Sequestration: Plenty of Room to Cut Ineffective Programs

David Muhlhausen /

Public Domain

The Progressive Congressional Caucus (PCP) recently released a video hyping the forthcoming sequestration “cuts.”

The video warns that sequestration will have the harmful effect of “cutting investments for working Americans,” “70,000 children will be kicked off Head Start,” “$35 million [will be] cut from support for firefighters,” and “830,000 fewer workers [will be] receiving job training.”

What the advocates of out-of-control spending don’t tell the public is that sequestration represents just a 2.4 percent reduction in the federal government’s $3.6 trillion budget for fiscal year (FY) 2013. Despite this reduction in spending, the federal government is still going to spend more than it did in total in FY 2012. Let’s dismantle PCP’s claims one at a time.

Head Start. The PCP wants Americans to think of spending on Head Start, a “Great Society” relic, as “investments.” Is Head Start a good investment? Overwhelming scientific evidence clearly proves that Head Start doesn’t work. The Head Start Impact Study—a scientifically rigorous evaluation—found that the nearly $8 billion a year program has little to no impact on cognitive, social-emotional, health, or parenting practices of participants. On a few measures, access to Head Start actually had harmful effects on children.

Firefighter Grants. Fire grants, administered by the Federal Emergency Management Agency, encompass a number of grant programs. The Assistance to Firefighters Grant (AFG) program subsidizes the routine activities of local fire departments and emergency management organizations. Fire Prevention and Safety (FP&S) grants fund projects to improve the safety of firefighters and the public from fire and related hazards. The Staffing for Adequate Fire and Emergency Response (SAFER) grants are intended to increase staffing levels by funding the salaries of career firefighters and paying for recruitment activities for volunteer fire departments.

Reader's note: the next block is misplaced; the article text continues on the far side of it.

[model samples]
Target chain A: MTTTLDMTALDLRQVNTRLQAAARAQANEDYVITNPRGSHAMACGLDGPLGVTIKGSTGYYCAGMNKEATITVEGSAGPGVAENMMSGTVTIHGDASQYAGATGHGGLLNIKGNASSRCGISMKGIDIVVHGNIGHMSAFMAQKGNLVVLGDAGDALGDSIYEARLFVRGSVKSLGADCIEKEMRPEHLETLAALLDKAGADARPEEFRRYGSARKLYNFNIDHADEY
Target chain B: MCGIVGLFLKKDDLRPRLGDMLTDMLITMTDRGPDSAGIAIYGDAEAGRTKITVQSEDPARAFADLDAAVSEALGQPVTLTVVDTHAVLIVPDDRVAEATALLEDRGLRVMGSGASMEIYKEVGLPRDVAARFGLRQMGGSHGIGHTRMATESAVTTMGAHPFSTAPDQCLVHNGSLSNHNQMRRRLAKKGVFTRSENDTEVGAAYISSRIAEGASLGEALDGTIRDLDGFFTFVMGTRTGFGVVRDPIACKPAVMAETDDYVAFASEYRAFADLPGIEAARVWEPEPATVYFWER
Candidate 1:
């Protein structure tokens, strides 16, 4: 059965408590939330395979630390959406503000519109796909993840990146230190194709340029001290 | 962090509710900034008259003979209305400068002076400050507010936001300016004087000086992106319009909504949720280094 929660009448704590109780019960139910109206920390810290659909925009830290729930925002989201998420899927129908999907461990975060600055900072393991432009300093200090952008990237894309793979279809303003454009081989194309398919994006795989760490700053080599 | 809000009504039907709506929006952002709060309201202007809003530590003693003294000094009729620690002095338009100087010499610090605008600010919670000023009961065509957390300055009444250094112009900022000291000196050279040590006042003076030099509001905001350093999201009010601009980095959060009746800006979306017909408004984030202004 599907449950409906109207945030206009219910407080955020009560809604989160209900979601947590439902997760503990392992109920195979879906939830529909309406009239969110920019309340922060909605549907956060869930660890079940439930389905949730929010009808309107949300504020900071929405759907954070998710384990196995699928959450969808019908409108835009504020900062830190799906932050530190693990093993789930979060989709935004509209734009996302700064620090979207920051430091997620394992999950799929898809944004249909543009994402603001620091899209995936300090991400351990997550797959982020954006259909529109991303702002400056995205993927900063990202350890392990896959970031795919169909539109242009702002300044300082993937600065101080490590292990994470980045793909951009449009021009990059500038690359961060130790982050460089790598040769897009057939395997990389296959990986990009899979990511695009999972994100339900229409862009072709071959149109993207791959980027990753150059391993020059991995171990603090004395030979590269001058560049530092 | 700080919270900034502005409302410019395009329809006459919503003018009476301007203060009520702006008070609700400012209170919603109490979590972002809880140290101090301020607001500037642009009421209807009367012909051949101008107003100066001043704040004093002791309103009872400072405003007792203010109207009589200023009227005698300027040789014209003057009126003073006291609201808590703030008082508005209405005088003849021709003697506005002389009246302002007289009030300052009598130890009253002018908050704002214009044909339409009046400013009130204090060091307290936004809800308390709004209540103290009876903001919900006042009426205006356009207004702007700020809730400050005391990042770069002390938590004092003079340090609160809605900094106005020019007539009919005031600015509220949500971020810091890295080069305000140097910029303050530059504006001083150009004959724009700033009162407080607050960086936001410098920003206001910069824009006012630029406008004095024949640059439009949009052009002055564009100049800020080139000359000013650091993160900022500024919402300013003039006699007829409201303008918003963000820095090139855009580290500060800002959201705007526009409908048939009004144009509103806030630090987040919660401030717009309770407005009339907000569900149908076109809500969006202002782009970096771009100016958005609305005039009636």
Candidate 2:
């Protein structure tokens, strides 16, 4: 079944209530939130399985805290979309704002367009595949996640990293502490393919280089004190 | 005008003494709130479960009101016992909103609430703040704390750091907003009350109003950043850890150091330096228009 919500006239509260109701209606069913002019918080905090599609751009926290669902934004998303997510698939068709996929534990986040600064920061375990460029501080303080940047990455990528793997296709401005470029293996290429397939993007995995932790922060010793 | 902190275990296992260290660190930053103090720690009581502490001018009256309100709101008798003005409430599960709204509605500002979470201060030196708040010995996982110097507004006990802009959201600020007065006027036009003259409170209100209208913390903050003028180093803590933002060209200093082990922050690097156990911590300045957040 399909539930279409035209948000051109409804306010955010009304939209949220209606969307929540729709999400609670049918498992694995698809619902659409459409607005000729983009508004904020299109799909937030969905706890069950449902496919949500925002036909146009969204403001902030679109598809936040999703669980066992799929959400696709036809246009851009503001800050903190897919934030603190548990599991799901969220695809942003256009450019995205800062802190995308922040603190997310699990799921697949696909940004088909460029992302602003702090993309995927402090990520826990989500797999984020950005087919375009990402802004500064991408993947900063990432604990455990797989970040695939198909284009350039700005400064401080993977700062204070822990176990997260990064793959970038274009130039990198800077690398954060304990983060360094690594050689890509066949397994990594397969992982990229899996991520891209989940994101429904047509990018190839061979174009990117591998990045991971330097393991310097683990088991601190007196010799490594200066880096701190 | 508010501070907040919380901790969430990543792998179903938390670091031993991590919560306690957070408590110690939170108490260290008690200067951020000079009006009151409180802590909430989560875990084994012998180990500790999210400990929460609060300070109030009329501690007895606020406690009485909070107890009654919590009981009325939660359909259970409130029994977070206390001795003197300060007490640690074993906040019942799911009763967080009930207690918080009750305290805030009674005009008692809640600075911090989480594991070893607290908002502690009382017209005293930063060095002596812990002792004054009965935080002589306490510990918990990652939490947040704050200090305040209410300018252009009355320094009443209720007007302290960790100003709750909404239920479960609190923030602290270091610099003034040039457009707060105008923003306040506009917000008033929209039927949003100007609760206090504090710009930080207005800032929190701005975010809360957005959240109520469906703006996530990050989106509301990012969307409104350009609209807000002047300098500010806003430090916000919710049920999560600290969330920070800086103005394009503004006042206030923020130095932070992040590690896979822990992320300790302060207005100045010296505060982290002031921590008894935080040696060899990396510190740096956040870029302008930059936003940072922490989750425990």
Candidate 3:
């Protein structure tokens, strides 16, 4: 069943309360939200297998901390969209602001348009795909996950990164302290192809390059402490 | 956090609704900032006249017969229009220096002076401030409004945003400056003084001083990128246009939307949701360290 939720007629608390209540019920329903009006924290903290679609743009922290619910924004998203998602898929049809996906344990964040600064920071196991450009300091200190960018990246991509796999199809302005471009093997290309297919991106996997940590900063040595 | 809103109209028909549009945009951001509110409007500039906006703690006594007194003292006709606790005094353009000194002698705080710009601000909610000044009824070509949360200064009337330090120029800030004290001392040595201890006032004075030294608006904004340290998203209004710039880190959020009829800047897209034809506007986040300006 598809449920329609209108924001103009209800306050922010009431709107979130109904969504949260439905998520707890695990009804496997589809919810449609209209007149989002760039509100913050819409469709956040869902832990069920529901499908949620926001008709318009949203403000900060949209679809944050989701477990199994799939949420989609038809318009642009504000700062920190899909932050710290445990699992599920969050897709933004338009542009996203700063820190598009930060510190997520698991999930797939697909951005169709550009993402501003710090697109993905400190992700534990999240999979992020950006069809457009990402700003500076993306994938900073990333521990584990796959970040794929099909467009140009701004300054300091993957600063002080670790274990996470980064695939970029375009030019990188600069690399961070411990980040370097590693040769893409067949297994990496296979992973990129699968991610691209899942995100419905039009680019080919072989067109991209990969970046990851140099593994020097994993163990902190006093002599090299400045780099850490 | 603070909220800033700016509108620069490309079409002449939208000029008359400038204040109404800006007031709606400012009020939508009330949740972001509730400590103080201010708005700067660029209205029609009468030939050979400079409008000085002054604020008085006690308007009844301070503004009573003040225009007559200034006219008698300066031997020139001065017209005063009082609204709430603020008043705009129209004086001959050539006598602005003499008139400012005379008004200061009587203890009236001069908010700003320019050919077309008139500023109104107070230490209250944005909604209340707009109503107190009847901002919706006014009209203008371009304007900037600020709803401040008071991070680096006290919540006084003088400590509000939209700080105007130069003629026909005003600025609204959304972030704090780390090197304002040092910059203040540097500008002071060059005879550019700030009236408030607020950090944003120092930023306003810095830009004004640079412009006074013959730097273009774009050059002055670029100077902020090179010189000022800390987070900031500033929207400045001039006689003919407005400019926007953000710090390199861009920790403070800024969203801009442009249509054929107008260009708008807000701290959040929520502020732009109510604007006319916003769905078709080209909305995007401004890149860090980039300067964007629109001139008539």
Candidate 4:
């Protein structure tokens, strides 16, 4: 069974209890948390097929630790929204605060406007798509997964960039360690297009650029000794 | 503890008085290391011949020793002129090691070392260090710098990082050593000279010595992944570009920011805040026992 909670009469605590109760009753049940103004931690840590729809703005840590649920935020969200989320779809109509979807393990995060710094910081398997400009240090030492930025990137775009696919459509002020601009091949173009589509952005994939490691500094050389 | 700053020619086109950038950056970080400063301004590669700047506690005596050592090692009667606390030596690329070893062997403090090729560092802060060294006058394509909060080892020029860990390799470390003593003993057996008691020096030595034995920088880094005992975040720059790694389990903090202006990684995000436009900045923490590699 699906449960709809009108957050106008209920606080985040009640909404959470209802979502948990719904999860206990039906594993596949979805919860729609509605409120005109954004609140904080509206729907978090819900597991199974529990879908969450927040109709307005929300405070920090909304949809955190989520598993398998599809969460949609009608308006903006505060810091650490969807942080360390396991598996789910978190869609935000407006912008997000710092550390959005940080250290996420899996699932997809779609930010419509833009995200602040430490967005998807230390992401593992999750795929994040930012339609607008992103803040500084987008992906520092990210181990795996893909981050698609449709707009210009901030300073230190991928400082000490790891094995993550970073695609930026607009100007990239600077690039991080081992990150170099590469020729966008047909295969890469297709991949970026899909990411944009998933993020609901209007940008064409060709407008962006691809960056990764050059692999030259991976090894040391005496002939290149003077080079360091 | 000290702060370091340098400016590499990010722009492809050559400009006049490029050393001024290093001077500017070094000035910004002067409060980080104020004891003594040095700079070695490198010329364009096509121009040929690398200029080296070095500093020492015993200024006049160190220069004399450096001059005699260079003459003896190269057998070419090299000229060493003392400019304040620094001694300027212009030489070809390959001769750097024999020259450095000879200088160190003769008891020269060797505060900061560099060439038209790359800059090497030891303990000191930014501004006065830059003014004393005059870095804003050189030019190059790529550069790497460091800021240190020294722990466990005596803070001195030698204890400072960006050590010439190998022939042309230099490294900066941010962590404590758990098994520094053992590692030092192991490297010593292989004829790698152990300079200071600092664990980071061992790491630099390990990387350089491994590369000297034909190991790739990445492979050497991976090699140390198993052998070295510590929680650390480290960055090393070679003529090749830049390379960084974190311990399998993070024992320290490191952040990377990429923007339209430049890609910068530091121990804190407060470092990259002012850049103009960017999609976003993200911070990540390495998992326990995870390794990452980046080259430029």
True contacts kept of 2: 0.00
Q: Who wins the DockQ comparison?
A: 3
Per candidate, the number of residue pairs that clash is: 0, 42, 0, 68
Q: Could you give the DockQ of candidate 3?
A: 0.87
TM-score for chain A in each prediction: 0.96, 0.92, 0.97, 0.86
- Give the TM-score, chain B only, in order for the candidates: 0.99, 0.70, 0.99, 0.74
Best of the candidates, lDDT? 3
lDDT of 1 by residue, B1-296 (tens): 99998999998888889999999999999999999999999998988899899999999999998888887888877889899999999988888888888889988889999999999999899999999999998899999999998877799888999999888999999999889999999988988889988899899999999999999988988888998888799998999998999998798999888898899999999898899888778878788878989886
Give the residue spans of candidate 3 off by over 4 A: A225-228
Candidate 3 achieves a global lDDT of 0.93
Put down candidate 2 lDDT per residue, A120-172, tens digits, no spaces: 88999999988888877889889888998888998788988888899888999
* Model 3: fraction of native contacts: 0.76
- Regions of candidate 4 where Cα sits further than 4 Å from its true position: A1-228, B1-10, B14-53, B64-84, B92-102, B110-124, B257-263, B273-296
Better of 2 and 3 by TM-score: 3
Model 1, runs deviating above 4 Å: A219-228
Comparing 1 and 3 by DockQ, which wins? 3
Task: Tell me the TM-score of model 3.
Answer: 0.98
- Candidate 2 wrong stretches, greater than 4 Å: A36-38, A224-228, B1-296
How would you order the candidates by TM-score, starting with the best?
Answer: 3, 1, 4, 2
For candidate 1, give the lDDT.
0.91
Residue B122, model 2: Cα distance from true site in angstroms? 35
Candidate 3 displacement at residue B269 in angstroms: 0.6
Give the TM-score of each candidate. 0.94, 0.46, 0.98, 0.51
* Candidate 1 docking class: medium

The Heritage Foundation’s Center for Data Analysis evaluated the effectiveness of fire grants and compared fire departments that received grants to fire departments that did not receive grants. Fire grants appear to be ineffective at reducing fire casualties. AFG, FP&S, and SAFER grants failed to reduce firefighter deaths, firefighter injuries, civilian deaths, or civilian injuries. Without receiving fire grants, comparison fire departments and grant-funded fire departments were equally successful at preventing fire casualties.

Job Training. Federal job-training programs have a long history of failure. The U.S. Government Accountability Office has concluded that there is little evidence of effectiveness of federal job-training programs. Consider Job Corps, another “Great Society” relic, which offers job-training services to disadvantaged youths age 16–24 in 125 sites across the nation. The Department of Labor Office of Inspector General estimates each Job Corps participant who is successfully placed into any job costs taxpayers $76,574.

What does the taxpayer get for this “investment?” A scientifically rigorous impact evaluation of Job Corps found:

If the Job Corps actually improves the skills of its participants, then it should have substantially raised their hourly wages. However, a $0.22 increase in hourly wages suggests that Job Corps does little to boost the job skills of participants. One is certainly within reason to question whether the program is a waste of taxpayers’ dollars, as it costs $76,574 per participant placed in any job. Job Corps fails any reasonable cost-benefit analysis test.

Clearly, beyond the fact that these federal “investments” in Head Start, firefighter grants, and job training are not federal priorities at all, they are not producing a worthwhile return. Moreover, in some cases they are actually harmful. These programs are ineffective and a worthy place for sequester cuts to be applied.